A woman in Levant lost all her teeth and worries that her broken dentures will fall out at work; now she sees her college-age daughter starting to go through the same things.

One patient of a Bangor physician struggles with teeth infections while pregnant, raising the chance of pre- and post-natal complications; another has lost teeth, preventing her from following a diet that keeps her diabetes in check.

An Auburn mother of two has broken and missing teeth that leave her in constant pain and make worse her other health problems.

You can’t hear these stories, all given as testimony before the Legislature, and not see that dental care is as necessary as medical care – that dental care is medical care. Yet Maine is one of 14 states whose Medicaid program doesn’t treat it that way.

After two years of effort, that seems likely to change this legislative session – and for good reason. There are no shortage of stories from Mainers living without dental insurance who have watched helplessly as small problems turned into big ones for lack of care, leading to constant pain, infections and pulled teeth. They are left susceptible to various chronic conditions and embarrassed by their appearance. The physical and mental toll is enormous.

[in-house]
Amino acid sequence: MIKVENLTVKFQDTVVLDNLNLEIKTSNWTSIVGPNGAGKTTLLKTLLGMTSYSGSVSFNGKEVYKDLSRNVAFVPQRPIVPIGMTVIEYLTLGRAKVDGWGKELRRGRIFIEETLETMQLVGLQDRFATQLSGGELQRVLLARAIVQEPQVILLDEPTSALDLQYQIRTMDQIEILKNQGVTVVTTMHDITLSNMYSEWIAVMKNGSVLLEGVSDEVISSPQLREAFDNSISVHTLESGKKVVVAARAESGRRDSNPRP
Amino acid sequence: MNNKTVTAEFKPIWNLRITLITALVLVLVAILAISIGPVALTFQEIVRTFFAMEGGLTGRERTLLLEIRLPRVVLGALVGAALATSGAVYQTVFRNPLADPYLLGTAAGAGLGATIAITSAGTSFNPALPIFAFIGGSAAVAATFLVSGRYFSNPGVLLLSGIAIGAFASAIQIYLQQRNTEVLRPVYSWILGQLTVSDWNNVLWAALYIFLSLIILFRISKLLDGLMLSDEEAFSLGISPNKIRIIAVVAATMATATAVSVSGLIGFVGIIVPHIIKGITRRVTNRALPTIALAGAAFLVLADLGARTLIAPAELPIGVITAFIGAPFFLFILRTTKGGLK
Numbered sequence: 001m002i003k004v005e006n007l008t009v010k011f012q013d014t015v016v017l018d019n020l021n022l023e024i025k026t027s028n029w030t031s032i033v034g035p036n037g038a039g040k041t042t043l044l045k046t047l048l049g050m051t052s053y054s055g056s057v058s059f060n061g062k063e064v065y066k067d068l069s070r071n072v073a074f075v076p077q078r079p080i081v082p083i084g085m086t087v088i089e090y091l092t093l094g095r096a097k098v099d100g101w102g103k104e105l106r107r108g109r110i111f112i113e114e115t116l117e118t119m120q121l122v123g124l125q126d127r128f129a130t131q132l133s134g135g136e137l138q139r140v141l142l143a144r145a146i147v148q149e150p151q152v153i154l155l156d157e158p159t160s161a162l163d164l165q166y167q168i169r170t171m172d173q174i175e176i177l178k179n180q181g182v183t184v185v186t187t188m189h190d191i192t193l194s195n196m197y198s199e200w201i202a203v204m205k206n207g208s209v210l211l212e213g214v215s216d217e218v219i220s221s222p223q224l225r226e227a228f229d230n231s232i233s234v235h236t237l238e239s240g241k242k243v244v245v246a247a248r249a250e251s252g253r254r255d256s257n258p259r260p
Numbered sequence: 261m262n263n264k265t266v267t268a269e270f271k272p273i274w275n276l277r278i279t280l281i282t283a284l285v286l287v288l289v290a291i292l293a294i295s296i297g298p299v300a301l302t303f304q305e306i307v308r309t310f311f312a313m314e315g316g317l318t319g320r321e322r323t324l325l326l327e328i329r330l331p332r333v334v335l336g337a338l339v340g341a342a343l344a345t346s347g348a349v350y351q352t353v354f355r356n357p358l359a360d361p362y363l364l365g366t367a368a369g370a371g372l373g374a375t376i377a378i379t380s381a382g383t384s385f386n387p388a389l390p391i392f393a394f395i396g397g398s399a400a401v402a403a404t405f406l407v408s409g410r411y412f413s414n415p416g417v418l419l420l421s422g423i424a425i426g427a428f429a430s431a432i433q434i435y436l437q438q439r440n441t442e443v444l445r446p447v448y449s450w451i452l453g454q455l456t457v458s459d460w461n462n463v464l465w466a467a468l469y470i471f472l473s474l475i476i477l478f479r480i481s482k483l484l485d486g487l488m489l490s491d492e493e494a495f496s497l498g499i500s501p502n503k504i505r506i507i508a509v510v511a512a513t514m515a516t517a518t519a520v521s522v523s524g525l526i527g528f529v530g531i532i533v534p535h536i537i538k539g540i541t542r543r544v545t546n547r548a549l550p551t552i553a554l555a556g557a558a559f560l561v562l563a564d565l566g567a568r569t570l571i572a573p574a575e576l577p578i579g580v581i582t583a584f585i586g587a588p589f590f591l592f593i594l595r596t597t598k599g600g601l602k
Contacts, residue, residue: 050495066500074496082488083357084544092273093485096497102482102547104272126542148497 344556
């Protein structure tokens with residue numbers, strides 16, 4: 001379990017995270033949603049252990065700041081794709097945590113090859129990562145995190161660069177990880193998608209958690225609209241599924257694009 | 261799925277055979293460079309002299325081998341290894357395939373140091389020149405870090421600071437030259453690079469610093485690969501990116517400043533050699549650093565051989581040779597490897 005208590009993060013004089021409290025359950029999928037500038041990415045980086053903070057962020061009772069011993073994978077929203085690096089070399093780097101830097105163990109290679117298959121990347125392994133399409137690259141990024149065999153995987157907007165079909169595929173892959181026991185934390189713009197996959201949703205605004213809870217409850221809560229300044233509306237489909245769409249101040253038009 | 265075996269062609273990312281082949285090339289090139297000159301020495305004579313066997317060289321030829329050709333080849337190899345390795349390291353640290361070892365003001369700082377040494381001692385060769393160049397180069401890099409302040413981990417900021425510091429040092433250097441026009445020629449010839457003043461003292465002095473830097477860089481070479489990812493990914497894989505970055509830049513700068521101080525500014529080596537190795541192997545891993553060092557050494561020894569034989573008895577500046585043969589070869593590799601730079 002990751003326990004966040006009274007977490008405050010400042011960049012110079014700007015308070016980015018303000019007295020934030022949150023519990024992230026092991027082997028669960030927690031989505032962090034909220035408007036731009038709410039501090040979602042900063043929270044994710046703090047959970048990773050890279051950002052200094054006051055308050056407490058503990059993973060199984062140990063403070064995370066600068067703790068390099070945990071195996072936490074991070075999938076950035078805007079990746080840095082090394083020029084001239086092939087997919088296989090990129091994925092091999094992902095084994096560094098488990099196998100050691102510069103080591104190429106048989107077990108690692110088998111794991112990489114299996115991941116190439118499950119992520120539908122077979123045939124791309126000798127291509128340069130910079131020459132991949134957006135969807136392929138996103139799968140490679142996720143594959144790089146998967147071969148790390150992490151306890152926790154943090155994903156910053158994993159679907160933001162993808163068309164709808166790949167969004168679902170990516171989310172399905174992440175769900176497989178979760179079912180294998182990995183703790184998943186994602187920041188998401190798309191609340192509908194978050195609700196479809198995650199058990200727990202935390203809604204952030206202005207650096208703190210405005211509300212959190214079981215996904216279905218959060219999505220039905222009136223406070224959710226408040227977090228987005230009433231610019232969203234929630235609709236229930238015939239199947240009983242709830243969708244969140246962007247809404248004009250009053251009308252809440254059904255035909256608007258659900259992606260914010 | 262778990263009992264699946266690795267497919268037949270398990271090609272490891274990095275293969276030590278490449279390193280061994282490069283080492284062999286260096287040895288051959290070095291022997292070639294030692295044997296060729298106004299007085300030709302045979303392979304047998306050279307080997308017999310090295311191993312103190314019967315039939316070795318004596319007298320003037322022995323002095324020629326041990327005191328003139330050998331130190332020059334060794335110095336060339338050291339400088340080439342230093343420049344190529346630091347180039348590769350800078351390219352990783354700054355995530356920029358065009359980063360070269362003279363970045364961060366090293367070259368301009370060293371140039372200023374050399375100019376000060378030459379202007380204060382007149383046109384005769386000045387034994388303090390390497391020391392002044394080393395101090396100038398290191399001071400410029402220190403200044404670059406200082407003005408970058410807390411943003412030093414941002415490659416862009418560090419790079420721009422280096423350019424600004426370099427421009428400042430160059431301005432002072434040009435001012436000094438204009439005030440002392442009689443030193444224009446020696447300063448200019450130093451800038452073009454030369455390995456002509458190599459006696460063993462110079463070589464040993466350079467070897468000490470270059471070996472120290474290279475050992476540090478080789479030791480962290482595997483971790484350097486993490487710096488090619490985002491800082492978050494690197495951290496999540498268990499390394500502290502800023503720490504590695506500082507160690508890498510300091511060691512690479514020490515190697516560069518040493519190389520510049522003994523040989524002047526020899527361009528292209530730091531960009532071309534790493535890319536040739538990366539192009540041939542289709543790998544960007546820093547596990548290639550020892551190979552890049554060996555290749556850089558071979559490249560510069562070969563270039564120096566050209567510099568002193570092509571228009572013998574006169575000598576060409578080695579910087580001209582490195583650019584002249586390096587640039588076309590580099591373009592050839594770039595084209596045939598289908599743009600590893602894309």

Not only does poor oral health make one’s life miserable, it also comes at a great cost to the rest of us, not only from the inevitable emergency room visit – Maine’s Medicaid program does cover some procedures, like extractions, but only once things get really bad – but from the loss of productive community members.

For the mother in Auburn, the lack of access to care has made her reluctant to participate in her community and in the workforce in the ways she would like to. “I could be doing so much more if I wasn’t struggling so much with my physical health, mental health and especially my dental health,” she told a legislative committee last month.

It’s simply absurd to treat oral care any differently from how we treat care for the rest of the body. MaineCare, the state’s Medicaid program, doesn’t deny a patient blood pressure medication and tell them to come back when they’ve had a stroke.

And it shouldn’t do the same with dental care, waiting until pain, infection and the loss of teeth have wreaked havoc on someone’s health, self-esteem and prospects in the workforce to do anything at all.

As the woman from Levant told lawmakers, all that delay does is make it more difficult for someone to get out of the circumstances that led to the problems in the first place.

“The cycle of poverty is a central reason why dental is so inaccessible,” she said. “My daughter will be blocked from getting ahead because our health care system does not see dental health as part of our overall health.”


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